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I am using python on embedded device which is running linux 2.6.32.

Using python to fetch the file size as os.path.getsize() returns me a negative value.

I refered to one of the similar questions here on stack overflow and tried recompiling python with CFLAGS='-D_LARGEFILE64_SOURCE -D_FILE_OFFSET_BITS=64' OPT="-g -O2 $CFLAGS" but still it returns negative file size.

I am using python 2.6.4 with Django 1.2.4 on linux 2.6.32.

Can any one tell me where the problem is?

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Reading that question, I think the Linux kernel needs to support large files as well; if it's an embedded device, it might not be compiled to support large files. –  Thomas K Apr 7 '11 at 11:42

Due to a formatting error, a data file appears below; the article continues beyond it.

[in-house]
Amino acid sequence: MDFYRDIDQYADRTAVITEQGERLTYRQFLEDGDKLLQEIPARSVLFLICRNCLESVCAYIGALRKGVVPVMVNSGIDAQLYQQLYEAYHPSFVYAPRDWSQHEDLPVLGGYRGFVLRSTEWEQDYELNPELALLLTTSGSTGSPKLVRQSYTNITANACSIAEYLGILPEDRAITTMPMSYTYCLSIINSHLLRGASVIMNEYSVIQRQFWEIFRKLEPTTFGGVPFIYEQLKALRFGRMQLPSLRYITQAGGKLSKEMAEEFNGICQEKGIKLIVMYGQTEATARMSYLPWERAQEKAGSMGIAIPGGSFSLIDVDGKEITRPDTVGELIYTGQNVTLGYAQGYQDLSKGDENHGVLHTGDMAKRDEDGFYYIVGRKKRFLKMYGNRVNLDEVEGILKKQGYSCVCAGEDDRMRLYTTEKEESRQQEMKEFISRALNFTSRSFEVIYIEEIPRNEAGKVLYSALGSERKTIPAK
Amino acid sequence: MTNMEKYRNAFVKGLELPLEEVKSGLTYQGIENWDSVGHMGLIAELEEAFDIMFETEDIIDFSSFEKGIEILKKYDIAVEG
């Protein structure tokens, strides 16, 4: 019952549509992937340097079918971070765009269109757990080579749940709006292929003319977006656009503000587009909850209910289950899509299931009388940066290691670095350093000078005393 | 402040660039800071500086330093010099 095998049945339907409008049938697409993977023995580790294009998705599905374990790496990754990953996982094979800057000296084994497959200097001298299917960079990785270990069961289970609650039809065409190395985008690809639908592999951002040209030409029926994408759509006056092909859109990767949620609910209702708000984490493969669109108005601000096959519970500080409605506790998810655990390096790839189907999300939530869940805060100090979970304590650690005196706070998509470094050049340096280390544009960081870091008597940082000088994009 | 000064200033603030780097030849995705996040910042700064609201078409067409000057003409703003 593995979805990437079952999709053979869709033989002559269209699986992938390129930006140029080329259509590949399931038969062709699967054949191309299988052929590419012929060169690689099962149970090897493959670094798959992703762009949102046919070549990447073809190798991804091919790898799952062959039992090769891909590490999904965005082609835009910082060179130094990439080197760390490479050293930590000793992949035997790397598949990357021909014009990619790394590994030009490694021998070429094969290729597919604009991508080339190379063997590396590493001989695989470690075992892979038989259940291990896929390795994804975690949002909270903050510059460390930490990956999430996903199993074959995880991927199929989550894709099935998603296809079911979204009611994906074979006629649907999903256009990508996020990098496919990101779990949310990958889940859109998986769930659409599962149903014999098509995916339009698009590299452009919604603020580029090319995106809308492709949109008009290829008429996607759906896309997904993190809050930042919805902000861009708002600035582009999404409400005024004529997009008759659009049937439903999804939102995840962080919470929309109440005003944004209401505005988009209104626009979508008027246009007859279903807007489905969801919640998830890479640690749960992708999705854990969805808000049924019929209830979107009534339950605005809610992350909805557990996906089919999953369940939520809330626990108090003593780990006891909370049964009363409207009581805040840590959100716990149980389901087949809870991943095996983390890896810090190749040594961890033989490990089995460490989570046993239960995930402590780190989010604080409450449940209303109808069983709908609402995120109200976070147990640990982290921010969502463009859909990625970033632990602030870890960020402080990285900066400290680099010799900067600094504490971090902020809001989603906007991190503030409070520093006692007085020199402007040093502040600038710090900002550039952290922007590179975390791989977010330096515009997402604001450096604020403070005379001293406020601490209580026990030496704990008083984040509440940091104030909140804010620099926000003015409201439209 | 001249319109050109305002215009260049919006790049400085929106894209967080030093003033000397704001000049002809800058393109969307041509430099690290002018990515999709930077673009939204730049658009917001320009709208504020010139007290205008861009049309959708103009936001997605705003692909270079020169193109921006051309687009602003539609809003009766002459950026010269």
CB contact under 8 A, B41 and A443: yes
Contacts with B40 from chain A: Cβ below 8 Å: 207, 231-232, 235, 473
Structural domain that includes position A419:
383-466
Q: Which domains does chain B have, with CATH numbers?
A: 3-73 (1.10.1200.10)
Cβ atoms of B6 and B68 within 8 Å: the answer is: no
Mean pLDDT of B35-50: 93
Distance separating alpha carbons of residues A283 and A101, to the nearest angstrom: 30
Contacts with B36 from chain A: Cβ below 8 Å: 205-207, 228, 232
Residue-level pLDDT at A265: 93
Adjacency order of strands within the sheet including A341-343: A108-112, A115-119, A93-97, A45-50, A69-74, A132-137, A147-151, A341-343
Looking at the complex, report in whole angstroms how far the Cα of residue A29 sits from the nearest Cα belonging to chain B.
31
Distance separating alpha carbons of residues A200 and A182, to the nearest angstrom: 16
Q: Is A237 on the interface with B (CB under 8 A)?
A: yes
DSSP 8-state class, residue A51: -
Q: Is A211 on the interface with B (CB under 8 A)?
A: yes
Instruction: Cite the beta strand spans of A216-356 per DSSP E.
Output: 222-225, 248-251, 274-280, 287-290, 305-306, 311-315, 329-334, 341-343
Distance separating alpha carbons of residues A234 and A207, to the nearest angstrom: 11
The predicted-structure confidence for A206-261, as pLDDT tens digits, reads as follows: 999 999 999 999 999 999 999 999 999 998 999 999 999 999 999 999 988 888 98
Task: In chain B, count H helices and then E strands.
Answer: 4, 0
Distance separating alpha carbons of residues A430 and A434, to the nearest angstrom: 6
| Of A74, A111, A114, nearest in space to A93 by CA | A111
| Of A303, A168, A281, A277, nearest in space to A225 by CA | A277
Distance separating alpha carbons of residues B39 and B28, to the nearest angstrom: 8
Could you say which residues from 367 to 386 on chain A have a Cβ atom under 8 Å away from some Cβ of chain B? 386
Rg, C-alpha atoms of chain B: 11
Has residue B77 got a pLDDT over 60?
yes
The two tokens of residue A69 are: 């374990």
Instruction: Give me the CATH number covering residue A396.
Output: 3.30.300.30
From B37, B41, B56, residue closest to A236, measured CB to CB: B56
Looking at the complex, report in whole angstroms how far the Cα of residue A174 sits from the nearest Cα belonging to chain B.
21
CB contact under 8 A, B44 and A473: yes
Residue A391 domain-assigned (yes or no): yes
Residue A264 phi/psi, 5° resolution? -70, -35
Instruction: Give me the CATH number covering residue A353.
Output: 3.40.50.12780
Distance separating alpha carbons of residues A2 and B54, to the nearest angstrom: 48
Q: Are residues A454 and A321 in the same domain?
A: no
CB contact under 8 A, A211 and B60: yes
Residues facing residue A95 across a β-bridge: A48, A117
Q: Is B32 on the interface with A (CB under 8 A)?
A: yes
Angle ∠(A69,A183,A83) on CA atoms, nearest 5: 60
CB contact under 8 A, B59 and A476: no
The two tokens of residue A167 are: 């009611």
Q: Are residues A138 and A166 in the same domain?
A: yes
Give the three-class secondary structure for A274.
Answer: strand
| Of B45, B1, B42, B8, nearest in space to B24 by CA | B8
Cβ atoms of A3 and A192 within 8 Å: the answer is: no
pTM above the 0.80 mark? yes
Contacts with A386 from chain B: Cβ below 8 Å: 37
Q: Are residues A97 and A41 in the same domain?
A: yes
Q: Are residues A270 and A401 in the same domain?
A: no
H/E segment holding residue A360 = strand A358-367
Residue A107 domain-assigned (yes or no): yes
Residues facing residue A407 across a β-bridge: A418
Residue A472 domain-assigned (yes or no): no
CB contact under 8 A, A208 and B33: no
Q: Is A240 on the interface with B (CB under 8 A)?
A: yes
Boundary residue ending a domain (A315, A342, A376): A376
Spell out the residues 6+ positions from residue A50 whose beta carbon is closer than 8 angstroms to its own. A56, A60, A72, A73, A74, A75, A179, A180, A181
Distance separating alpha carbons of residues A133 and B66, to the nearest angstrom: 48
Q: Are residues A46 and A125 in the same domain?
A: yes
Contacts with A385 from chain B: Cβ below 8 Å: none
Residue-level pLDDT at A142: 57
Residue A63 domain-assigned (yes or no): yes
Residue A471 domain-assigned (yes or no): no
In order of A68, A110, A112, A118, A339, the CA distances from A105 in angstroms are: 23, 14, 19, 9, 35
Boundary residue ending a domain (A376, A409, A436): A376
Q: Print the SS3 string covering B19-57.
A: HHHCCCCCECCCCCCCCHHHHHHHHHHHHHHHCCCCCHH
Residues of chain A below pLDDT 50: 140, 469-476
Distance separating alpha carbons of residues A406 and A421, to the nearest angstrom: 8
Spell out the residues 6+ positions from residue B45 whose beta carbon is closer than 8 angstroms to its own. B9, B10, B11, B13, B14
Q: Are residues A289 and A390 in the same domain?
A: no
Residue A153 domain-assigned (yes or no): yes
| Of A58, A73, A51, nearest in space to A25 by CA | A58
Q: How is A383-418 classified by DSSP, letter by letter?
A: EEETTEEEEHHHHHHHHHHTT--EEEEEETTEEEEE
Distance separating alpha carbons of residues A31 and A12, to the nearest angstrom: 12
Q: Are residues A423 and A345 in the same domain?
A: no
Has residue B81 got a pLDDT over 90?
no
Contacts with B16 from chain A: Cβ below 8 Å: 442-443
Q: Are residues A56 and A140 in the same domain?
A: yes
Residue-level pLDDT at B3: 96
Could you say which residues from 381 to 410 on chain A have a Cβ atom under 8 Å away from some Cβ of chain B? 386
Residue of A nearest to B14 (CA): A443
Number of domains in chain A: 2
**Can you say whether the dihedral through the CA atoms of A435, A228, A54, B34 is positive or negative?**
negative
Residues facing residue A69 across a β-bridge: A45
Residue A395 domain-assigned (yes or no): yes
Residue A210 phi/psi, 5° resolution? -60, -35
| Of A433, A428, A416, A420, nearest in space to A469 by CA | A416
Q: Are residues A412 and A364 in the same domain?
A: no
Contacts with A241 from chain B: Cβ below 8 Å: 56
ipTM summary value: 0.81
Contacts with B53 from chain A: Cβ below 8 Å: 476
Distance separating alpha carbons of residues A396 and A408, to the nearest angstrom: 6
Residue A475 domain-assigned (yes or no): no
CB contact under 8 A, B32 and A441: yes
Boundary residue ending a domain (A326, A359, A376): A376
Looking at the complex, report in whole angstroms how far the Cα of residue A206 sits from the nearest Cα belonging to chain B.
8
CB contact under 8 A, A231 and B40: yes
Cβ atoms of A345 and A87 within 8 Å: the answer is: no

but "ls -lh" shows correct file size.. –  Mahendra Apr 7 '11 at 11:53

1 Answer 1

up vote 2 down vote accepted

Clearly, something is wrong with your Linux distribution's build of Python. Rather than fix the actual problem, it might be easier to just work around it:

def getsize_workaround( filename ):
    size = os.path.getsize( filename )
    if size < 0:
        import subprocess as s
        size = long( s.Popen("ls -l %s | cut -d ' ' -f5" % filename,
                    shell=True, stdout=s.PIPE).communicate()[0] )
    return size
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Nice idea, but what if the file is between 4 and 6GB in size? Presumably the code would get (and return) a positive number that's wrong? –  NPE Apr 7 '11 at 15:03
Ah, good point. The 32-bit rollover could occur more than once. It'd be more reliable to just ditch the conditional and always use the 'ls -l' wrapper. –  Rakis Apr 7 '11 at 16:36

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